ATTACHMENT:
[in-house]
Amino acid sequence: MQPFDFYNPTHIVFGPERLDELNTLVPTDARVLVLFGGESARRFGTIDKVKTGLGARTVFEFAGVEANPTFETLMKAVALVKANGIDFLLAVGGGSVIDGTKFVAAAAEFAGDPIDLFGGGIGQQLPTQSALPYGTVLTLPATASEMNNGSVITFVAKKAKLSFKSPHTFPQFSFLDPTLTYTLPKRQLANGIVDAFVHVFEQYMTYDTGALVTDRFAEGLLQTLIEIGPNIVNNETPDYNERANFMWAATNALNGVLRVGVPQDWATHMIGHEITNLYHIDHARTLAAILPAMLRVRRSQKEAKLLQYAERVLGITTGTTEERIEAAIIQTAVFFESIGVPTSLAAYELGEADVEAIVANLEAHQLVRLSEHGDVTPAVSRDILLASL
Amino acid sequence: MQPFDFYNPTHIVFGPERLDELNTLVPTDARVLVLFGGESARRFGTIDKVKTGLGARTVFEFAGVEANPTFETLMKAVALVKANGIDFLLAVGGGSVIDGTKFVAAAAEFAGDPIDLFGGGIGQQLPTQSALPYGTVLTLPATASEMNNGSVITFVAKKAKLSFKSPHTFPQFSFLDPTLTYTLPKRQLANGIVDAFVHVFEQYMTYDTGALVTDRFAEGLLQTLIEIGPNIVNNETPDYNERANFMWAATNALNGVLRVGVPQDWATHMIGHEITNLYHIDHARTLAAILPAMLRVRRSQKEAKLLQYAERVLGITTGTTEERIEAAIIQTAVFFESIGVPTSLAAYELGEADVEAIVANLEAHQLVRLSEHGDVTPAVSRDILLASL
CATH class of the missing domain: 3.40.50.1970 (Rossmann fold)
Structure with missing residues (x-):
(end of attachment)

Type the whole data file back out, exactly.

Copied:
[in-house]
Amino acid sequence: MQPFDFYNPTHIVFGPERLDELNTLVPTDARVLVLFGGESARRFGTIDKVKTGLGARTVFEFAGVEANPTFETLMKAVALVKANGIDFLLAVGGGSVIDGTKFVAAAAEFAGDPIDLFGGGIGQQLPTQSALPYGTVLTLPATASEMNNGSVITFVAKKAKLSFKSPHTFPQFSFLDPTLTYTLPKRQLANGIVDAFVHVFEQYMTYDTGALVTDRFAEGLLQTLIEIGPNIVNNETPDYNERANFMWAATNALNGVLRVGVPQDWATHMIGHEITNLYHIDHARTLAAILPAMLRVRRSQKEAKLLQYAERVLGITTGTTEERIEAAIIQTAVFFESIGVPTSLAAYELGEADVEAIVANLEAHQLVRLSEHGDVTPAVSRDILLASL
Amino acid sequence: MQPFDFYNPTHIVFGPERLDELNTLVPTDARVLVLFGGESARRFGTIDKVKTGLGARTVFEFAGVEANPTFETLMKAVALVKANGIDFLLAVGGGSVIDGTKFVAAAAEFAGDPIDLFGGGIGQQLPTQSALPYGTVLTLPATASEMNNGSVITFVAKKAKLSFKSPHTFPQFSFLDPTLTYTLPKRQLANGIVDAFVHVFEQYMTYDTGALVTDRFAEGLLQTLIEIGPNIVNNETPDYNERANFMWAATNALNGVLRVGVPQDWATHMIGHEITNLYHIDHARTLAAILPAMLRVRRSQKEAKLLQYAERVLGITTGTTEERIEAAIIQTAVFFESIGVPTSLAAYELGEADVEAIVANLEAHQLVRLSEHGDVTPAVSRDILLASL
CATH class of the missing domain: 3.40.50.1970 (Rossmann fold)
Structure with missing residues (x-):